Real Wood Floors: Grain and Cut Influence Appearance

When it comes to wood floors, grain and cut have a big influence on appearance and beauty. Knowing your options can help you choose the right species to achieve the look you want.

Grain refers to annual growth rings in the wood, and is classified as fine (cherry) or coarse (red oak). Grain also refers to the direction of the fibers, which can be straight (ash), spiral (douglas fir) or curly (birch). Finally, grain also is described as being either open (white oak) or closed (hickory), which affects how the wood accepts stains and finishes.

The wood cut has to do with how it is sawed during the milling process, and includes three types: plainsawn, quartersawn or riftsawn. Plainsawn is the most common and least expensive method. It is obtained by making the first cut on a tangent to the circumference of the log and making all remaining cuts parallel to the first. This method provides the widest boards and the least waste.

Since most plainsawn lumber is flat grained, it tends to contain more variation within and among boards. It also is the least dimensionally stable, so will experience the most expansion and contraction.

Quartersawn wood is produced by first quartering the log, then sawing perpendicular to the growth rings. Quartersawing produces relatively narrow, dimensionally stable boards. Since there is more waste, quartersawn wood is more expensive than plainsawn.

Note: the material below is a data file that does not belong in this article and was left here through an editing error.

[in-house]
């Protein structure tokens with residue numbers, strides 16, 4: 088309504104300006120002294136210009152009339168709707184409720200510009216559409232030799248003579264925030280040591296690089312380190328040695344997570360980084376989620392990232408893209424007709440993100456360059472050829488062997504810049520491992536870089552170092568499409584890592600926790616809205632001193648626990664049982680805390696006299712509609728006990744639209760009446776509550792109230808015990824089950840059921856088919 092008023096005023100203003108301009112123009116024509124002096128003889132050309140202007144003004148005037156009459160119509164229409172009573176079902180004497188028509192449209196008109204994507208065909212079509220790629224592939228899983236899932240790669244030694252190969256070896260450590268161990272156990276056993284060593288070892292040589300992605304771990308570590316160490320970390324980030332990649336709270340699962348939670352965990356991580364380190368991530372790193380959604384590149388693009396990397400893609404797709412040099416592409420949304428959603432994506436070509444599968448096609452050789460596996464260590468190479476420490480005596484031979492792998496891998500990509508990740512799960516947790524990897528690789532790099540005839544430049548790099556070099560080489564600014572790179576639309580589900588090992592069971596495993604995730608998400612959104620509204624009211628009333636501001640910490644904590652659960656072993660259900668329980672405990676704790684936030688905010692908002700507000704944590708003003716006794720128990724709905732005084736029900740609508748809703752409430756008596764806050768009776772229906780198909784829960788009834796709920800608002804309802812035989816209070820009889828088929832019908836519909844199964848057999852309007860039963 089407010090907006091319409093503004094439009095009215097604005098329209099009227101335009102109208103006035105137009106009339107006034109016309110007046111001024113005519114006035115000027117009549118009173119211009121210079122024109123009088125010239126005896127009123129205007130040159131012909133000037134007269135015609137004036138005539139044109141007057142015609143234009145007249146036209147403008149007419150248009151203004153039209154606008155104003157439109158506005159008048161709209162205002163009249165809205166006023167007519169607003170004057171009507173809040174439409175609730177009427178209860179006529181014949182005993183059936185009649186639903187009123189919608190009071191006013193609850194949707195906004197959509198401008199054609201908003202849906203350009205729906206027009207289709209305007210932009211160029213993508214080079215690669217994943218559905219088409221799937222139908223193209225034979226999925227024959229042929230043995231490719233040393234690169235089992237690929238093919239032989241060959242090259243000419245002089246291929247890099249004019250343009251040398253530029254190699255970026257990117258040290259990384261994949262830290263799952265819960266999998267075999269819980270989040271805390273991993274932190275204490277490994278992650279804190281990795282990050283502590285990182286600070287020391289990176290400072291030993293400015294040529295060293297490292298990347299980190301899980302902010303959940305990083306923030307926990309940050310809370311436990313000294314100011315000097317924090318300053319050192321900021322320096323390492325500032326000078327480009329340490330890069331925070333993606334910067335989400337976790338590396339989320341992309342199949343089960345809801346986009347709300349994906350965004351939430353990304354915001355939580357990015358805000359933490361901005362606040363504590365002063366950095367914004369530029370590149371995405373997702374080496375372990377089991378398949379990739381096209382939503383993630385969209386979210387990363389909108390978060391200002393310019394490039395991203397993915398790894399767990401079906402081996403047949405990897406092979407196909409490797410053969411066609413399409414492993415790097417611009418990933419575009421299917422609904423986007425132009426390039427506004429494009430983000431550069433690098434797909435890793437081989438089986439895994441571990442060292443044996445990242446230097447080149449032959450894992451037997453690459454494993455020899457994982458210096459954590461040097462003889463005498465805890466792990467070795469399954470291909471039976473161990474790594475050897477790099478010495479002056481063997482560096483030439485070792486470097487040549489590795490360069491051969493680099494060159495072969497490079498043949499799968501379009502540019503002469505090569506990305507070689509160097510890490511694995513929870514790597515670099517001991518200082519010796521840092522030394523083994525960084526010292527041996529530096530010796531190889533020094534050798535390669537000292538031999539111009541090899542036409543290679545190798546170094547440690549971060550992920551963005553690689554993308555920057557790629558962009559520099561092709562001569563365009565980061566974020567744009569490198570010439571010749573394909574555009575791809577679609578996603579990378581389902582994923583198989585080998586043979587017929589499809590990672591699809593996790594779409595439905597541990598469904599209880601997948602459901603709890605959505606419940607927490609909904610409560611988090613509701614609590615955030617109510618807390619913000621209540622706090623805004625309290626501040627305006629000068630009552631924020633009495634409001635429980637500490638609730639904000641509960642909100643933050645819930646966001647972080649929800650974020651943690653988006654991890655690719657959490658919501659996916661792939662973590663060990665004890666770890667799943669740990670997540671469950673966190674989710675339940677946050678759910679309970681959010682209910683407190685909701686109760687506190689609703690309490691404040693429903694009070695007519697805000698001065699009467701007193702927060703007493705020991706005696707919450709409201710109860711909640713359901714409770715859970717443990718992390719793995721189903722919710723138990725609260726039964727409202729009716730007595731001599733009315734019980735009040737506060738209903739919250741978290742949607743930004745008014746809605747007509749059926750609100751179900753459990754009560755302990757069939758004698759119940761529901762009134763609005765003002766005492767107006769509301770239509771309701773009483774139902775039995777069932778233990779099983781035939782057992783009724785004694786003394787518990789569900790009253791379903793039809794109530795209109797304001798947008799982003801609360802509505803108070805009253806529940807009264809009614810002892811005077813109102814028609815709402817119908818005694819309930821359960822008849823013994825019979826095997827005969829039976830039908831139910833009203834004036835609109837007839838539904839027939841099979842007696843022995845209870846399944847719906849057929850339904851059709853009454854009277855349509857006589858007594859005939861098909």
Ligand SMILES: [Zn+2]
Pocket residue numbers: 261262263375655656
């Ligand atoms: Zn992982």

Riftsawn wood is similar to quartersawing. However, the angle of the cut is changed slightly so that fewer cuts are parallel. Riftsawn wood results in more waste than with quartersawn and plainsawn wood, so generally is more expensive.

To learn more about the characteristics of wood floors, including cut and grain, visit Types, Styles and Species under the Why Wood Floors section of the NWFA's consumer web site,

The National Wood Flooring Association is a non-profit trade organization of more than 3,300 wood flooring professionals working worldwide to educate consumers, architects, designers, and builders in the uses and benefits of wood flooring.

The NWFA can be contacted at 111 Chesterfield Industrial Blvd., Chesterfield, MO 63005, or at +1-800-422-4556 (USA) or +1-800-848-8824 (Canada).

Contact: Anita Howard Communications Director [email protected]

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